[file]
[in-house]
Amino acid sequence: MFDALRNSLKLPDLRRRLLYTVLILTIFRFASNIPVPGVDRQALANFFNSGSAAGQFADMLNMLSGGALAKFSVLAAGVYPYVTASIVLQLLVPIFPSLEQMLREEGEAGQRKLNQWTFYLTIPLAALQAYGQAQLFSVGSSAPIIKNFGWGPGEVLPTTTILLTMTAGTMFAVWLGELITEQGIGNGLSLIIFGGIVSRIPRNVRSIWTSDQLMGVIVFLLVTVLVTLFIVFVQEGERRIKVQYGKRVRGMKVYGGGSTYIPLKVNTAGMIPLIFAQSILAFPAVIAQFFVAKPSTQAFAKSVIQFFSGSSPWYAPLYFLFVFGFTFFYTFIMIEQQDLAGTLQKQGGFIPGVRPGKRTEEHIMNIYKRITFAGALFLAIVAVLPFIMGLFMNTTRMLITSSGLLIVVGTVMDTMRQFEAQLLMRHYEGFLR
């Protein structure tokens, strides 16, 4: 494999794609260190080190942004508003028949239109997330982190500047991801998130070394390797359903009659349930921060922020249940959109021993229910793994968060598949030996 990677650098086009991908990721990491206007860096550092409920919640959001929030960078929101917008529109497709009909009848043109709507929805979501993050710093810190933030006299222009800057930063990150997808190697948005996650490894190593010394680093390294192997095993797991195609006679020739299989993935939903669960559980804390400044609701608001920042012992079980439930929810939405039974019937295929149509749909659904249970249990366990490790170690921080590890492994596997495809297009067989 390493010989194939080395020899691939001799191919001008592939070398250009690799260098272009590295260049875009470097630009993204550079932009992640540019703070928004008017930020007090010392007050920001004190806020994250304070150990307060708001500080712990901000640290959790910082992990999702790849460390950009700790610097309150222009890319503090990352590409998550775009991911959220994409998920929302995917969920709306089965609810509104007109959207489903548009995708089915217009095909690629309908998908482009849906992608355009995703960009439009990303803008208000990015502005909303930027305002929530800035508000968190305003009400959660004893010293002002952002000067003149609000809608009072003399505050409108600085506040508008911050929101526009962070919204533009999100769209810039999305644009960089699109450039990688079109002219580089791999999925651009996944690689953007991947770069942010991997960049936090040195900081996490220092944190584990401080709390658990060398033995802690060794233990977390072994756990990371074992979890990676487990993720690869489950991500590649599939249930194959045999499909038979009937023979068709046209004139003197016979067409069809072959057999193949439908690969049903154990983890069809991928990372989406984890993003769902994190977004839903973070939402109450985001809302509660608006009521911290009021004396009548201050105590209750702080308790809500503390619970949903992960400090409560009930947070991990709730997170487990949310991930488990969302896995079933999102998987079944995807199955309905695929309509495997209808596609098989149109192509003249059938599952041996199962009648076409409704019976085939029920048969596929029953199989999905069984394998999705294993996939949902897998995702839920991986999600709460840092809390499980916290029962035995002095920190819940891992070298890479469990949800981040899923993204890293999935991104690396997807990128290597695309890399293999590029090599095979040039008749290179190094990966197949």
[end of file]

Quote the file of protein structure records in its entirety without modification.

[in-house]
Amino acid sequence: MFDALRNSLKLPDLRRRLLYTVLILTIFRFASNIPVPGVDRQALANFFNSGSAAGQFADMLNMLSGGALAKFSVLAAGVYPYVTASIVLQLLVPIFPSLEQMLREEGEAGQRKLNQWTFYLTIPLAALQAYGQAQLFSVGSSAPIIKNFGWGPGEVLPTTTILLTMTAGTMFAVWLGELITEQGIGNGLSLIIFGGIVSRIPRNVRSIWTSDQLMGVIVFLLVTVLVTLFIVFVQEGERRIKVQYGKRVRGMKVYGGGSTYIPLKVNTAGMIPLIFAQSILAFPAVIAQFFVAKPSTQAFAKSVIQFFSGSSPWYAPLYFLFVFGFTFFYTFIMIEQQDLAGTLQKQGGFIPGVRPGKRTEEHIMNIYKRITFAGALFLAIVAVLPFIMGLFMNTTRMLITSSGLLIVVGTVMDTMRQFEAQLLMRHYEGFLR
């Protein structure tokens, strides 16, 4: 494999794609260190080190942004508003028949239109997330982190500047991801998130070394390797359903009659349930921060922020249940959109021993229910793994968060598949030996 990677650098086009991908990721990491206007860096550092409920919640959001929030960078929101917008529109497709009909009848043109709507929805979501993050710093810190933030006299222009800057930063990150997808190697948005996650490894190593010394680093390294192997095993797991195609006679020739299989993935939903669960559980804390400044609701608001920042012992079980439930929810939405039974019937295929149509749909659904249970249990366990490790170690921080590890492994596997495809297009067989 390493010989194939080395020899691939001799191919001008592939070398250009690799260098272009590295260049875009470097630009993204550079932009992640540019703070928004008017930020007090010392007050920001004190806020994250304070150990307060708001500080712990901000640290959790910082992990999702790849460390950009700790610097309150222009890319503090990352590409998550775009991911959220994409998920929302995917969920709306089965609810509104007109959207489903548009995708089915217009095909690629309908998908482009849906992608355009995703960009439009990303803008208000990015502005909303930027305002929530800035508000968190305003009400959660004893010293002002952002000067003149609000809608009072003399505050409108600085506040508008911050929101526009962070919204533009999100769209810039999305644009960089699109450039990688079109002219580089791999999925651009996944690689953007991947770069942010991997960049936090040195900081996490220092944190584990401080709390658990060398033995802690060794233990977390072994756990990371074992979890990676487990993720690869489950991500590649599939249930194959045999499909038979009937023979068709046209004139003197016979067409069809072959057999193949439908690969049903154990983890069809991928990372989406984890993003769902994190977004839903973070939402109450985001809302509660608006009521911290009021004396009548201050105590209750702080308790809500503390619970949903992960400090409560009930947070991990709730997170487990949310991930488990969302896995079933999102998987079944995807199955309905695929309509495997209808596609098989149109192509003249059938599952041996199962009648076409409704019976085939029920048969596929029953199989999905069984394998999705294993996939949902897998995702839920991986999600709460840092809390499980916290029962035995002095920190819940891992070298890479469990949800981040899923993204890293999935991104690396997807990128290597695309890399293999590029090599095979040039008749290179190094990966197949």